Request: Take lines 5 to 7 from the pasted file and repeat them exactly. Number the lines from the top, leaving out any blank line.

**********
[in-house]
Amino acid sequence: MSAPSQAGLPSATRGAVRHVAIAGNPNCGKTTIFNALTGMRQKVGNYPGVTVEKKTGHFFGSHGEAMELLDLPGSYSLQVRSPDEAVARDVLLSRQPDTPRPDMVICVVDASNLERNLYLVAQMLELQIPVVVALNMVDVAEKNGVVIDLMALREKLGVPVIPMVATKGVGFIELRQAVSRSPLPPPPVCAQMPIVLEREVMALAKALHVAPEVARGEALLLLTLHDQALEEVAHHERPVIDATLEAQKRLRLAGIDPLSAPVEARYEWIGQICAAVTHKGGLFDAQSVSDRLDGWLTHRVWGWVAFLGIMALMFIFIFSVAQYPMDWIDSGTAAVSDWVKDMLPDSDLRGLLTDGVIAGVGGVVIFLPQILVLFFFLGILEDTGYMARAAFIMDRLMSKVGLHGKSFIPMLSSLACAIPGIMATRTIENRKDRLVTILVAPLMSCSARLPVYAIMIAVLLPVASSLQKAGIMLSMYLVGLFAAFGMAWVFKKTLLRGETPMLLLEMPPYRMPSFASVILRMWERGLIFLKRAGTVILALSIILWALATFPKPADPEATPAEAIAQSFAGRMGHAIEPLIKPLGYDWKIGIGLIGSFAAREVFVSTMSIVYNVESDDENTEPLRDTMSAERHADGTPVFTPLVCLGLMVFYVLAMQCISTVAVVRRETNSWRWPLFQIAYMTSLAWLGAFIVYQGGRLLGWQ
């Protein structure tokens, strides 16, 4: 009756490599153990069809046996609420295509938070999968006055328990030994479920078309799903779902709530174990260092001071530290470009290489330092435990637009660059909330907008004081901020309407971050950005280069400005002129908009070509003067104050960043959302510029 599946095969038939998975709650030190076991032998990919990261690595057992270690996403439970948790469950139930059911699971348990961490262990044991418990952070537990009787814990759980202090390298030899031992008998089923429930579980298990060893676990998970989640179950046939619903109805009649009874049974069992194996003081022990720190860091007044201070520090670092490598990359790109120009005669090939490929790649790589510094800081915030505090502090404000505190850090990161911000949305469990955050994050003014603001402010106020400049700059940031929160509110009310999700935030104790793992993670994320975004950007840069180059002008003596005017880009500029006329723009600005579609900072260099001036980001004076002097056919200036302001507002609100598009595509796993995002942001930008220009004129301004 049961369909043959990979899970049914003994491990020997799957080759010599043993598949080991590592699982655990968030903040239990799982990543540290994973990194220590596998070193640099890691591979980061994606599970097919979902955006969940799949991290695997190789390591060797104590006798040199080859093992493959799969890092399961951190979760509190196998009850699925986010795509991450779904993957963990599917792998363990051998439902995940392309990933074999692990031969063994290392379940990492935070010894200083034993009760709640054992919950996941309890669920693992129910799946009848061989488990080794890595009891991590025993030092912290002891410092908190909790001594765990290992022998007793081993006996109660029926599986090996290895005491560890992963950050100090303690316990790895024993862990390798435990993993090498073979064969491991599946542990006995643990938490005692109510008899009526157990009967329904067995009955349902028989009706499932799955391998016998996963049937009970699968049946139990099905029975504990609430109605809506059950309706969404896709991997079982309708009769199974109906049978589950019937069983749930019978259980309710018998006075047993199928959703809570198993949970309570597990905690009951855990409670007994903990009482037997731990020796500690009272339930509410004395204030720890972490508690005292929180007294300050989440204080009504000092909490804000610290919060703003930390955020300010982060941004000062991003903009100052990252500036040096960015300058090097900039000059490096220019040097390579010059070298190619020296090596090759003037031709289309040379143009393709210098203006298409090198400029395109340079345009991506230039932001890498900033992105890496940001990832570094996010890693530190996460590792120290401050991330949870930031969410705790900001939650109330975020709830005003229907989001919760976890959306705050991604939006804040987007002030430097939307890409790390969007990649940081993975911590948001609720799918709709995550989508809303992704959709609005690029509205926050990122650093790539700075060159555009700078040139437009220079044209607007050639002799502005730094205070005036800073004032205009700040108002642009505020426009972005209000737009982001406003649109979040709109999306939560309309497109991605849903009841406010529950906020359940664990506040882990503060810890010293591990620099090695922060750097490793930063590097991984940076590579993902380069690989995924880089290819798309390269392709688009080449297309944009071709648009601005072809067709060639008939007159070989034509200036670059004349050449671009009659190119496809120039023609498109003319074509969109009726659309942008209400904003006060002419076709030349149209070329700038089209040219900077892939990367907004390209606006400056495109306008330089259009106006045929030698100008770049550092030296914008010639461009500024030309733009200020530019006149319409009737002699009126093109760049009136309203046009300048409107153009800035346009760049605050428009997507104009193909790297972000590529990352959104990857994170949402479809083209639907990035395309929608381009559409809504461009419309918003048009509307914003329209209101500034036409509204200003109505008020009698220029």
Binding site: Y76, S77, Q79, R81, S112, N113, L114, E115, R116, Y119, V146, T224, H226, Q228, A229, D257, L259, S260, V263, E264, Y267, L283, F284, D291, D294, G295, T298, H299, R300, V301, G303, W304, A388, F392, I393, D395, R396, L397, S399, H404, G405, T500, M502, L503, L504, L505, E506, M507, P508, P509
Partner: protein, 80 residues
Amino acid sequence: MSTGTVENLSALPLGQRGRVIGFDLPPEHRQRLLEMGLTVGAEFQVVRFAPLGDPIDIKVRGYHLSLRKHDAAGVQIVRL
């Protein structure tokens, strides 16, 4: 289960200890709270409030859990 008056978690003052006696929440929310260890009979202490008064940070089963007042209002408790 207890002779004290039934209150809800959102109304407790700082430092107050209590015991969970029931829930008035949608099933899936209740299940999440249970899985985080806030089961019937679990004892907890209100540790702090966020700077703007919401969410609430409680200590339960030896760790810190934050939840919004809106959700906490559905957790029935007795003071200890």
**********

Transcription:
Partner: protein, 80 residues
Amino acid sequence: MSTGTVENLSALPLGQRGRVIGFDLPPEHRQRLLEMGLTVGAEFQVVRFAPLGDPIDIKVRGYHLSLRKHDAAGVQIVRL
């Protein structure tokens, strides 16, 4: 289960200890709270409030859990 008056978690003052006696929440929310260890009979202490008064940070089963007042209002408790 207890002779004290039934209150809800959102109304407790700082430092107050209590015991969970029931829930008035949608099933899936209740299940999440249970899985985080806030089961019937679990004892907890209100540790702090966020700077703007919401969410609430409680200590339960030896760790810190934050939840919004809106959700906490559905957790029935007795003071200890």